Tom has many endearing words for fans and bandmembers alike, but few nice words for those in a music industry capacity who worked with the band. His sensitivity is surprising in light of the brutality of the band's sound, and the very drive and passion that created a monster that was often out of even his control may be what thwarted any harmony with an industry out of step with such ambitious artistry. I find several amusing points in Mr. Fischer's point of view, particularly his conviction that they were poised on the brink of being commercially successful (he uses the term 'household word' a couple of times) but were thwarted when videos and proper cover art were witheld by the dysfunctional label. I'll admit the world deserved a more accurate representation of their genius, but that doesn't mean a public who thought bands like Ratt and Twisted Sister represented heavy metal would ever embrace their grunt-laden Swiss pummeling. He also tells repeatedly how the band put up most of the funding and went broke while label disputes dragged on, yet only a few pages after complaining of being broke again in the latter part of the book, he tells us of the studio he built in his home. Tom is a very good writer, considering that English is at least a second language, and my only complaint with the content is that very little is said about the songs themselves, and any insight into their mysterious little worlds would have been appreciated. (I guess we'll have to live with liner notes for that.)
Yes, in a perfect world Tom and his rotating cast of bandmembers would be reaping the fruits of their genius and conviction, which becomes apparent both in the music and in the telling, particularly surrounding studio work (where the book begins - mid-career). We who were involved in underground circuits (whether punk or metal) did our part - devouring this material and always hungering for more. When the disastrous "Cold Lake" appeared (which gets a satisfactory explanation and apology in the book) we felt horribly betrayed. The band with the most artistic credibility in the industry had committed the unpardonable sin. Combined with a string of industry mishaps, bad luck, and even worse management and label representation, the Frost -in many ways originators of what would become Death Metal - died a slow, quiet, and ironic death.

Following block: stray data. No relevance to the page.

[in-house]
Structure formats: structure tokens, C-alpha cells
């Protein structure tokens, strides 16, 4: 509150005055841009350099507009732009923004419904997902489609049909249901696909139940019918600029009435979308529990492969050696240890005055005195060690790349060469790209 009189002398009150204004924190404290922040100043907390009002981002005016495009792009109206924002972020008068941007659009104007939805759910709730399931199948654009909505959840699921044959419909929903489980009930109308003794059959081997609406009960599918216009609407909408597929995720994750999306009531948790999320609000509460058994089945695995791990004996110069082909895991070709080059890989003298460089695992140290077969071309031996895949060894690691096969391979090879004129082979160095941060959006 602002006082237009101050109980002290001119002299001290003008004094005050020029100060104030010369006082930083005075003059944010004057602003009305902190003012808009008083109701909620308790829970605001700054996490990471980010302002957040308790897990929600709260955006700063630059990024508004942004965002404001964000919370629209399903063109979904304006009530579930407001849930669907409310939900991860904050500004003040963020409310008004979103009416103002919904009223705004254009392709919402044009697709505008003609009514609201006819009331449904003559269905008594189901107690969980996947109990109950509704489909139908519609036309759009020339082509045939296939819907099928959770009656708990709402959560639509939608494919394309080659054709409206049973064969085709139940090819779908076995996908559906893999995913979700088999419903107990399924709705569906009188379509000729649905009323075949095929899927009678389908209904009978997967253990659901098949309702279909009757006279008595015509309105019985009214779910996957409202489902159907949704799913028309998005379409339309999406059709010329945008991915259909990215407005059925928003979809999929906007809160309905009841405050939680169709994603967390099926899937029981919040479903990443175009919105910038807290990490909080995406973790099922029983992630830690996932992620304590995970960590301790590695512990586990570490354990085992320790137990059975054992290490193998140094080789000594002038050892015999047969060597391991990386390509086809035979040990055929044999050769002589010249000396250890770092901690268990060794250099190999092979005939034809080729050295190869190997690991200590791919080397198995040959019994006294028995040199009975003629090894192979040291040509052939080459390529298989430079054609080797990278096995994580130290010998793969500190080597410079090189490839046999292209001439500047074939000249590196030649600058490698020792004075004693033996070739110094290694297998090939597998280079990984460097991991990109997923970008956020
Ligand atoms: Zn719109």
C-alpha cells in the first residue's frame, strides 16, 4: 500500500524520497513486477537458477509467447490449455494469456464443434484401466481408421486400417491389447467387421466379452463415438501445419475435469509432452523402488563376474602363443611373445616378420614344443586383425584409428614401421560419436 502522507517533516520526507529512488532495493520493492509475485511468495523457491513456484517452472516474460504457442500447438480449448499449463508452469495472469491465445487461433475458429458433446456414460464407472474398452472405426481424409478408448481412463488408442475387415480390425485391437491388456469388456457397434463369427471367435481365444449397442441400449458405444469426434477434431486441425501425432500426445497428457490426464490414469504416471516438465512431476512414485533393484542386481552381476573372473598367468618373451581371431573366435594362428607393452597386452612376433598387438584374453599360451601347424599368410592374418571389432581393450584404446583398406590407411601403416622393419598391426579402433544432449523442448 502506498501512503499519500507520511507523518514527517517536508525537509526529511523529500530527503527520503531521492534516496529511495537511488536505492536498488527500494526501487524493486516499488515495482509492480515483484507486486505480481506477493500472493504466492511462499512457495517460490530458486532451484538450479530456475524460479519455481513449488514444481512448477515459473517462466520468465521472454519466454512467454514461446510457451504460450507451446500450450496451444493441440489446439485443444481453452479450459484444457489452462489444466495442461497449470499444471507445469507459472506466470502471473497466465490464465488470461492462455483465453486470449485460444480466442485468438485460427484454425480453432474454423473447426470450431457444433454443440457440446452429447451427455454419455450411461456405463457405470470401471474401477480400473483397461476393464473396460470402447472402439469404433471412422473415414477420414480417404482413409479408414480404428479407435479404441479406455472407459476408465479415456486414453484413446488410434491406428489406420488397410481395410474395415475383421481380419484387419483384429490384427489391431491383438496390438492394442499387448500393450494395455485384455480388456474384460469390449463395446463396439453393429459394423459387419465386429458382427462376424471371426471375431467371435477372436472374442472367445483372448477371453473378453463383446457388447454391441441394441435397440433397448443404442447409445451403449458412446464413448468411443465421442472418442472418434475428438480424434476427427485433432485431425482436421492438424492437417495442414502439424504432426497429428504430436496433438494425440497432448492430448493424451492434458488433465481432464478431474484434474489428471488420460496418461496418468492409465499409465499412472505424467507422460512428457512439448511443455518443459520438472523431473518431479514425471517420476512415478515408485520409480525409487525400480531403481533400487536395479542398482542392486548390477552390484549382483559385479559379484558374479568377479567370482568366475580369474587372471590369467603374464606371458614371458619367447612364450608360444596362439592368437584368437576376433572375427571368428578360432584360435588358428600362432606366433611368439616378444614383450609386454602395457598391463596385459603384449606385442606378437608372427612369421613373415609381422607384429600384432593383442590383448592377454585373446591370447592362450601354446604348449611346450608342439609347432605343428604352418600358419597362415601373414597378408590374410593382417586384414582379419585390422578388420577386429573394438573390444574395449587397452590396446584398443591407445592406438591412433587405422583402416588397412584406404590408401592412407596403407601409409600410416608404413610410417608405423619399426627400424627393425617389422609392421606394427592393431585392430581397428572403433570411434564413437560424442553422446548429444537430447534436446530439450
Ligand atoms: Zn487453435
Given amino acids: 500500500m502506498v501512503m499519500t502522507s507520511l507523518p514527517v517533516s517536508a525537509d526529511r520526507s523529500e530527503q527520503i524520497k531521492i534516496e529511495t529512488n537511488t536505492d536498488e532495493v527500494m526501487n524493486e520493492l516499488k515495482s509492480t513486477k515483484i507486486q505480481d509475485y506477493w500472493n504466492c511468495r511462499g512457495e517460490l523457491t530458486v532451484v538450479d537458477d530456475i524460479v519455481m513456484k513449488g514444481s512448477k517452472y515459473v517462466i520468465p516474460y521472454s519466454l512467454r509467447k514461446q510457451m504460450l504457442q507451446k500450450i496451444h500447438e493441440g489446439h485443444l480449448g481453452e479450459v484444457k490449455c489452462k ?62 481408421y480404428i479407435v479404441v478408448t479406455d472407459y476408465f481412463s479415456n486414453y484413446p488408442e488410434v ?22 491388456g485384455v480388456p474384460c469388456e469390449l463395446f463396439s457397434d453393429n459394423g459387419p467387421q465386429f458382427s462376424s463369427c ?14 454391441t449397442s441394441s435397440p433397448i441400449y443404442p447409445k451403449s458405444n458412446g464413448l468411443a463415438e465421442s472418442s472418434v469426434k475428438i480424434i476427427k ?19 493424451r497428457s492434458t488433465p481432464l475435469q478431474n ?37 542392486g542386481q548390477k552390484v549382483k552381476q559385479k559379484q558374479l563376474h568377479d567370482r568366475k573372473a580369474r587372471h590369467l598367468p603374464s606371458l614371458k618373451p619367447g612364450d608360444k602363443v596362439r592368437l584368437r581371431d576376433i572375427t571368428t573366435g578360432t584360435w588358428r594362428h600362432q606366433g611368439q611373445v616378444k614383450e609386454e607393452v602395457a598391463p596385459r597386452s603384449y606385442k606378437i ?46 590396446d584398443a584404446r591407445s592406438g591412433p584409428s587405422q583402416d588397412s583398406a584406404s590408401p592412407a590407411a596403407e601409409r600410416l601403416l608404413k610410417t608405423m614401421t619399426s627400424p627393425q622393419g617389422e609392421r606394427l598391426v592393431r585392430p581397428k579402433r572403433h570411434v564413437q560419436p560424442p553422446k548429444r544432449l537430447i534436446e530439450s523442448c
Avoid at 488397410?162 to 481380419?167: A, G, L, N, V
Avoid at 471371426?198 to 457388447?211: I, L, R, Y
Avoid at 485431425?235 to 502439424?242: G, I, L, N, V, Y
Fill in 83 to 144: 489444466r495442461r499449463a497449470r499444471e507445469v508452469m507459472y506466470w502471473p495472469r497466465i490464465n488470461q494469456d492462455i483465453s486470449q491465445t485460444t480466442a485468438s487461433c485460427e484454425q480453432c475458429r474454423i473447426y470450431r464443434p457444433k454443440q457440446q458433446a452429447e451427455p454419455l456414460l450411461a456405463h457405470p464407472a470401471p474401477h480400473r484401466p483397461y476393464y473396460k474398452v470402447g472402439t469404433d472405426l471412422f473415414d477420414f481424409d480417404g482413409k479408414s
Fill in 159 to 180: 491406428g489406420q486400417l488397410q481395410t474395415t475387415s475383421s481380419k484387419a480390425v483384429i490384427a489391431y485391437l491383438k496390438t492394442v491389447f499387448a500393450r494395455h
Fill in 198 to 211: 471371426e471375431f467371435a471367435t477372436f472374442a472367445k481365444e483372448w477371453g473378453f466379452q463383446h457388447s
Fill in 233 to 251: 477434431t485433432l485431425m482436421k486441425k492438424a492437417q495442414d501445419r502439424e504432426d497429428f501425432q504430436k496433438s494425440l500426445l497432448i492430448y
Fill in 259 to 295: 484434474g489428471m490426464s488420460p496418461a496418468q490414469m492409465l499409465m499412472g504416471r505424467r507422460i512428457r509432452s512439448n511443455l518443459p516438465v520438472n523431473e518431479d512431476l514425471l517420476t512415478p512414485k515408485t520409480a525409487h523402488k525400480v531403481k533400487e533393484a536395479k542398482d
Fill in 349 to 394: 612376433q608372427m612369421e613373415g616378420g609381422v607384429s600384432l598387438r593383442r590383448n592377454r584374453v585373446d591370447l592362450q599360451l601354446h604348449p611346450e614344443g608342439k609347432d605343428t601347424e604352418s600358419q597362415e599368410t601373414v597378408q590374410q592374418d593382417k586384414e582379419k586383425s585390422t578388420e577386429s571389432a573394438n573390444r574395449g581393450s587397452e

This story does have a happy ending, but not in its pages. Mr. Fischer is now fronting an amazing band with former Frost roadie and Coroner drummer Marky Edelmann called Apollyon's Sun which is getting constant play at home these days. What perfect timing - just before I discovered this book, which was a fast and enjoyable read. My interest in Celtic Frost's music (MOST of it, at least) has been rekindled and the classic albums sound as good as ever. (The crucial ones are now available overseas, remastered by Tom in 1999, the way they were intended to sound.) Listen to one of these classics as you look at the picture of him with his bike as a child. Who knew this scrawny kid would one day yield such a mighty axe?